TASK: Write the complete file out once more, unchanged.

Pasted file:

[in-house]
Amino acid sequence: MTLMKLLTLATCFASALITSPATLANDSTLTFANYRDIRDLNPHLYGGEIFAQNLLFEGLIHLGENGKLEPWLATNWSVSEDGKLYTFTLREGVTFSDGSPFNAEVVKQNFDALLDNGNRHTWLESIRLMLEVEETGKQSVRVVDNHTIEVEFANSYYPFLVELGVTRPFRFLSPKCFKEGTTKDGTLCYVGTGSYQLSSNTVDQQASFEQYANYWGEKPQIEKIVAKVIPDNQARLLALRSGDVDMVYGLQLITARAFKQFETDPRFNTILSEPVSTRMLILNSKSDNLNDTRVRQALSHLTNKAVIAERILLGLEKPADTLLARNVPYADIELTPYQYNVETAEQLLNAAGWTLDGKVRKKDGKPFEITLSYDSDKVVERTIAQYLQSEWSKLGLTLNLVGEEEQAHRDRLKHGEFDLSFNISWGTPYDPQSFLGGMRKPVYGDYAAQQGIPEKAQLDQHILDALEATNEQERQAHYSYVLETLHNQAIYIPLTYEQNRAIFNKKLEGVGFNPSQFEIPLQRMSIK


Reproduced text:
[in-house]
Amino acid sequence: MTLMKLLTLATCFASALITSPATLANDSTLTFANYRDIRDLNPHLYGGEIFAQNLLFEGLIHLGENGKLEPWLATNWSVSEDGKLYTFTLREGVTFSDGSPFNAEVVKQNFDALLDNGNRHTWLESIRLMLEVEETGKQSVRVVDNHTIEVEFANSYYPFLVELGVTRPFRFLSPKCFKEGTTKDGTLCYVGTGSYQLSSNTVDQQASFEQYANYWGEKPQIEKIVAKVIPDNQARLLALRSGDVDMVYGLQLITARAFKQFETDPRFNTILSEPVSTRMLILNSKSDNLNDTRVRQALSHLTNKAVIAERILLGLEKPADTLLARNVPYADIELTPYQYNVETAEQLLNAAGWTLDGKVRKKDGKPFEITLSYDSDKVVERTIAQYLQSEWSKLGLTLNLVGEEEQAHRDRLKHGEFDLSFNISWGTPYDPQSFLGGMRKPVYGDYAAQQGIPEKAQLDQHILDALEATNEQERQAHYSYVLETLHNQAIYIPLTYEQNRAIFNKKLEGVGFNPSQFEIPLQRMSIK